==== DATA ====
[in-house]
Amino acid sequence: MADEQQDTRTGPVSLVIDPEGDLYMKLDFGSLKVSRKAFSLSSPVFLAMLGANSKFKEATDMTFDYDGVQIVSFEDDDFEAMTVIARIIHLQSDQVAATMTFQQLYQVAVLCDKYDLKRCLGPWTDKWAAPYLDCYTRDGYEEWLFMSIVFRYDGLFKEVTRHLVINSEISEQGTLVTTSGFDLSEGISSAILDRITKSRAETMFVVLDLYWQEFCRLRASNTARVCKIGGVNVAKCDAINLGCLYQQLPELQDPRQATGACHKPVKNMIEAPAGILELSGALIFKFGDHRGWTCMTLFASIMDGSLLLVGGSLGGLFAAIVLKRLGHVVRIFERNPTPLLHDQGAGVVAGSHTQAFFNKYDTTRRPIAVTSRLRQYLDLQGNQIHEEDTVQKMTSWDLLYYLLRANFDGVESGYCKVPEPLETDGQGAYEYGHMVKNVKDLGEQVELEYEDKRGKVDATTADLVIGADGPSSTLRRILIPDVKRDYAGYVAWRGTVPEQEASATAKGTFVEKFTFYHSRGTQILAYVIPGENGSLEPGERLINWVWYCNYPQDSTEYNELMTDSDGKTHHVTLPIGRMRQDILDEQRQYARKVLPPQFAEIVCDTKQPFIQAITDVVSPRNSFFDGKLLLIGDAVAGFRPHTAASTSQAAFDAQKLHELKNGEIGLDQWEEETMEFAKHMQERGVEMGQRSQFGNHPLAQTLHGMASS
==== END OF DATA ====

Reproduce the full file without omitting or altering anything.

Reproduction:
[in-house]
Amino acid sequence: MADEQQDTRTGPVSLVIDPEGDLYMKLDFGSLKVSRKAFSLSSPVFLAMLGANSKFKEATDMTFDYDGVQIVSFEDDDFEAMTVIARIIHLQSDQVAATMTFQQLYQVAVLCDKYDLKRCLGPWTDKWAAPYLDCYTRDGYEEWLFMSIVFRYDGLFKEVTRHLVINSEISEQGTLVTTSGFDLSEGISSAILDRITKSRAETMFVVLDLYWQEFCRLRASNTARVCKIGGVNVAKCDAINLGCLYQQLPELQDPRQATGACHKPVKNMIEAPAGILELSGALIFKFGDHRGWTCMTLFASIMDGSLLLVGGSLGGLFAAIVLKRLGHVVRIFERNPTPLLHDQGAGVVAGSHTQAFFNKYDTTRRPIAVTSRLRQYLDLQGNQIHEEDTVQKMTSWDLLYYLLRANFDGVESGYCKVPEPLETDGQGAYEYGHMVKNVKDLGEQVELEYEDKRGKVDATTADLVIGADGPSSTLRRILIPDVKRDYAGYVAWRGTVPEQEASATAKGTFVEKFTFYHSRGTQILAYVIPGENGSLEPGERLINWVWYCNYPQDSTEYNELMTDSDGKTHHVTLPIGRMRQDILDEQRQYARKVLPPQFAEIVCDTKQPFIQAITDVVSPRNSFFDGKLLLIGDAVAGFRPHTAASTSQAAFDAQKLHELKNGEIGLDQWEEETMEFAKHMQERGVEMGQRSQFGNHPLAQTLHGMASS